As a young man Tom Moore immigrated to New Zealand to work in Te Awamutu on a dairy farm and to explore Samoa, Fiji, Manu’a, and Tahiti. He taught at universities in both Iran and Mali as a Peace Corps Volunteer, and taught in Turkey for five years at Robert College and the Koç School.
He has published poems in more than thirty books and journals. In 2016 he was awarded an Artist Project Grant from the Maine Arts Commission, an independent state agency supported by the National Endowments for the Arts. He lives with his wife, Leslie, an artist and writer, in Belfast.
His first book of poems, The Bolt-Cutters, was published by Fort Hemlock Press in November 2010 and was one of three Finalists in the 2011 Maine Literary Awards competition. Two poems from The Bolt-Cutters were featured on Garrison Keillor’s Writer’s Almanac in January 2011, and one was a 2012 Pushcart nominee. His poem “Calving in Te Awamutu” won first prize in the 2010 Naugatuck River Review's annual narrative poetry contest, and “Chet Sawing” won first prize the 2011 Maine Postmark Poetry Contest. “Removing the Dross” from The Bolt-Cutters was featured on Ted Kooser’s American Life in Poetry in December 2013.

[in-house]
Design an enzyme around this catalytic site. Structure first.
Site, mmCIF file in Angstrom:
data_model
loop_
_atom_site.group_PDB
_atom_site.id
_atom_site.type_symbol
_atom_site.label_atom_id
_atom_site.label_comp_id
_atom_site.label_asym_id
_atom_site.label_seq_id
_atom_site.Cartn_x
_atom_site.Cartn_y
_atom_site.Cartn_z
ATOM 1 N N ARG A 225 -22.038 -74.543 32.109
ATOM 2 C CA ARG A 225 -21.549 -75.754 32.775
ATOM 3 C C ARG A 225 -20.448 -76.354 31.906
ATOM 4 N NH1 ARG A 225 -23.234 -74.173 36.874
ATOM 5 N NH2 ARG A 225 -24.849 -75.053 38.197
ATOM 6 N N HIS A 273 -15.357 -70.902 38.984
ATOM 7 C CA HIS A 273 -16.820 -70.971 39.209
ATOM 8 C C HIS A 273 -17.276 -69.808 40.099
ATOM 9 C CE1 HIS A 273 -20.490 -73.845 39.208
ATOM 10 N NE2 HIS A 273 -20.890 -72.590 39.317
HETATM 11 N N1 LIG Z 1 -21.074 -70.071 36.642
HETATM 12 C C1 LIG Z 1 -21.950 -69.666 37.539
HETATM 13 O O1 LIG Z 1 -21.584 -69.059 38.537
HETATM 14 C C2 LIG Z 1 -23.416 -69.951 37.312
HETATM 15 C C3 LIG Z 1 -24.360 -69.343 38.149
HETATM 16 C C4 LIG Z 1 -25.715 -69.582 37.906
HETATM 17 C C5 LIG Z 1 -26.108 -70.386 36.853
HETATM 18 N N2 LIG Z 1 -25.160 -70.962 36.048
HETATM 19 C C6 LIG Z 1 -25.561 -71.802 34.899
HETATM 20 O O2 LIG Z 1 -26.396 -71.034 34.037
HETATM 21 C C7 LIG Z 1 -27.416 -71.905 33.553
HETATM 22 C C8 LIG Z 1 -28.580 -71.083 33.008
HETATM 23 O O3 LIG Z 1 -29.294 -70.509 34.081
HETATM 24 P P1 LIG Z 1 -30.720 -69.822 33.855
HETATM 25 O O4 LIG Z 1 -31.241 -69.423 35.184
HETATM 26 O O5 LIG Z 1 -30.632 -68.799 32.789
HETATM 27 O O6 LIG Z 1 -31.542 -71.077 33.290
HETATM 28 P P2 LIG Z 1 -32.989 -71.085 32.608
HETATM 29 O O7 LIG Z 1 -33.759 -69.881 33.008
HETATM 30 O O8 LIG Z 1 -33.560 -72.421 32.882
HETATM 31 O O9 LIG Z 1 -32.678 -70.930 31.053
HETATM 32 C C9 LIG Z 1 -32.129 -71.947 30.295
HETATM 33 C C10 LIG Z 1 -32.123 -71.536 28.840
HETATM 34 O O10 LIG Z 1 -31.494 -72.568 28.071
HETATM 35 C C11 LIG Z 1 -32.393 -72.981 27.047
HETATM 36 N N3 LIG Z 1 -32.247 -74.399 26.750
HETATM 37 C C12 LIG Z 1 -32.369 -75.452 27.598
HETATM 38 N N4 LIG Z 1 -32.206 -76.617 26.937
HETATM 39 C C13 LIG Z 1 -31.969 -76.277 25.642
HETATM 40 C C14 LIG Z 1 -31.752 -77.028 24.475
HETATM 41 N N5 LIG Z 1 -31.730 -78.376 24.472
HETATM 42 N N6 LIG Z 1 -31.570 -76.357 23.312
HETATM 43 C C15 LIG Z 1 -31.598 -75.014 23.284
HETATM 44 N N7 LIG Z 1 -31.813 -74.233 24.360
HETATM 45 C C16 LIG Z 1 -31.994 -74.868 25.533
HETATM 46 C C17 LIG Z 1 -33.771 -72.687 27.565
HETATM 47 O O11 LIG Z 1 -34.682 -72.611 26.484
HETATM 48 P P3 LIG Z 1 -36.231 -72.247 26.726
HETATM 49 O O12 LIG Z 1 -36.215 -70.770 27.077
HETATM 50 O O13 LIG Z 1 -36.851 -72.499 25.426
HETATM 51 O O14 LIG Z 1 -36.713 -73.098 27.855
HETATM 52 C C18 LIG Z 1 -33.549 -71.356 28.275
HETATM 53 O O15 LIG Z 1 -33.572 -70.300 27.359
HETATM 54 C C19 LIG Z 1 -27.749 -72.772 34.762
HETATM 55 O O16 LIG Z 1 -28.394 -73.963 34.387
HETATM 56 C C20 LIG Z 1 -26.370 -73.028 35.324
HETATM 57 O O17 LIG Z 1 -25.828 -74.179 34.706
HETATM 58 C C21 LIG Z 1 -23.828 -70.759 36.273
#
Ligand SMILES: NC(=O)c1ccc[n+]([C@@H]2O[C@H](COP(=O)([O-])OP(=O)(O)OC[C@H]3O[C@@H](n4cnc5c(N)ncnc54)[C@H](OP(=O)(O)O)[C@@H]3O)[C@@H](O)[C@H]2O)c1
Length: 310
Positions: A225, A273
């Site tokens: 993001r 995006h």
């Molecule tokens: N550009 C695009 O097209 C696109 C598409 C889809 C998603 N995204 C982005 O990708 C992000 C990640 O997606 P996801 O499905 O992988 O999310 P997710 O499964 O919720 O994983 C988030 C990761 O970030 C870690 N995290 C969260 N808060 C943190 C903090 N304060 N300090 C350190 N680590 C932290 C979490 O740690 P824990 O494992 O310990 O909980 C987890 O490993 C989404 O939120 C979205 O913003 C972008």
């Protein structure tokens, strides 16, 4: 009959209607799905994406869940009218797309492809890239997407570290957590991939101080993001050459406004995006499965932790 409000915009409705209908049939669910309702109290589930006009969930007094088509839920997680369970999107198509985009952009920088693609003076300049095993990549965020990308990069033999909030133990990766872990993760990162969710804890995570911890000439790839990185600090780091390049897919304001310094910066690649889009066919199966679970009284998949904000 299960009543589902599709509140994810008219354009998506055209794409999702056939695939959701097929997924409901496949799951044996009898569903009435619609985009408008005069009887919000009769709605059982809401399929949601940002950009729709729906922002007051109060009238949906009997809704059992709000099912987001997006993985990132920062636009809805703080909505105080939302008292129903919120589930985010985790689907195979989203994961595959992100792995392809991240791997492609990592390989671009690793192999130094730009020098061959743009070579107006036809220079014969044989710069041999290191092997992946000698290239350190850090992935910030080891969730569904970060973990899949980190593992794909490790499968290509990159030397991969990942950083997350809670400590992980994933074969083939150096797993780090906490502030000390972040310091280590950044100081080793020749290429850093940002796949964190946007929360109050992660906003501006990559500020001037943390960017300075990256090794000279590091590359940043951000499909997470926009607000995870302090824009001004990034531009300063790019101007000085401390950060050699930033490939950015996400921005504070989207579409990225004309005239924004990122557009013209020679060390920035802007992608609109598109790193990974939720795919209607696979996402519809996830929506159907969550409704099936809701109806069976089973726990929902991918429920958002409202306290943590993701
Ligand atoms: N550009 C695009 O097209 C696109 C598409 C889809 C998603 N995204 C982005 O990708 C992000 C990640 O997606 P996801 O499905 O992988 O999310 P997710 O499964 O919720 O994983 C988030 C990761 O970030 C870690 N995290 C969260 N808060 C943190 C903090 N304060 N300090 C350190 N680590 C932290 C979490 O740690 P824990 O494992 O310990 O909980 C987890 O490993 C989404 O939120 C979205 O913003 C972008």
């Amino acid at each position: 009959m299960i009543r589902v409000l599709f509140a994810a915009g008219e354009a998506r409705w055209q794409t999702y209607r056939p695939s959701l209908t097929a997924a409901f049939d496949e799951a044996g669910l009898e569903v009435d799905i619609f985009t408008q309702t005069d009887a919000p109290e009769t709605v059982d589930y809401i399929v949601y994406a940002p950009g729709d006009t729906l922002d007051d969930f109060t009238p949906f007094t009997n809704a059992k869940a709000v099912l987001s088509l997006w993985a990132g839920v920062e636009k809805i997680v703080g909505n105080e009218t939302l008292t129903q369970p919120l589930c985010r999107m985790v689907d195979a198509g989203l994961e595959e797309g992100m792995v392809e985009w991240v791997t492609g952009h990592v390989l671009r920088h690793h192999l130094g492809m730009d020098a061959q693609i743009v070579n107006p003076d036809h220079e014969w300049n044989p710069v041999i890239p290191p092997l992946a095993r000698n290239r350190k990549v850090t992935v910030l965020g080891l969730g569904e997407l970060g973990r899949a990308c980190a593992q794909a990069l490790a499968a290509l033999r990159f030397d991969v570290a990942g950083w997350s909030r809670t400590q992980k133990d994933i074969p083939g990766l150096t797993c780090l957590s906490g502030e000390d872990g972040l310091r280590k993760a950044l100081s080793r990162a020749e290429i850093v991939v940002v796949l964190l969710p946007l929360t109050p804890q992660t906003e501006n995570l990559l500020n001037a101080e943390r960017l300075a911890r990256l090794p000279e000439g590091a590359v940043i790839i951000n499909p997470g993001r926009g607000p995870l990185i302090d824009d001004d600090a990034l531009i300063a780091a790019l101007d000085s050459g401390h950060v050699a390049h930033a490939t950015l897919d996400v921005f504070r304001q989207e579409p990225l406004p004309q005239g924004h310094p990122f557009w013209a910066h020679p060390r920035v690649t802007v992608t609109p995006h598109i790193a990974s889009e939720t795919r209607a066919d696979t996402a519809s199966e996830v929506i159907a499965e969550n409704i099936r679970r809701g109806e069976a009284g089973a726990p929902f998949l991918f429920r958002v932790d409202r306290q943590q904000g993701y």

His second book, Chet Sawing, was published by Fort Hemlock Press in November 2012 and was also a finalist in the 2013 Maine Literary Awards competition.
In April 2014 he was the writer-in-residence at the Elizabeth Bishop house in Great Village, Nova Scotia.
Saving Nails, his third book, was published by Moon Pie Press in 2016.
His poem “Acadian Wild” was the first prize winner in the 2017 100 Words for Acadia contest.
His poem "How We Built Our House" won a 2017 Pushcart Prize and will be reprinted in Pushcart Prize XLII: Best of the Small Presses.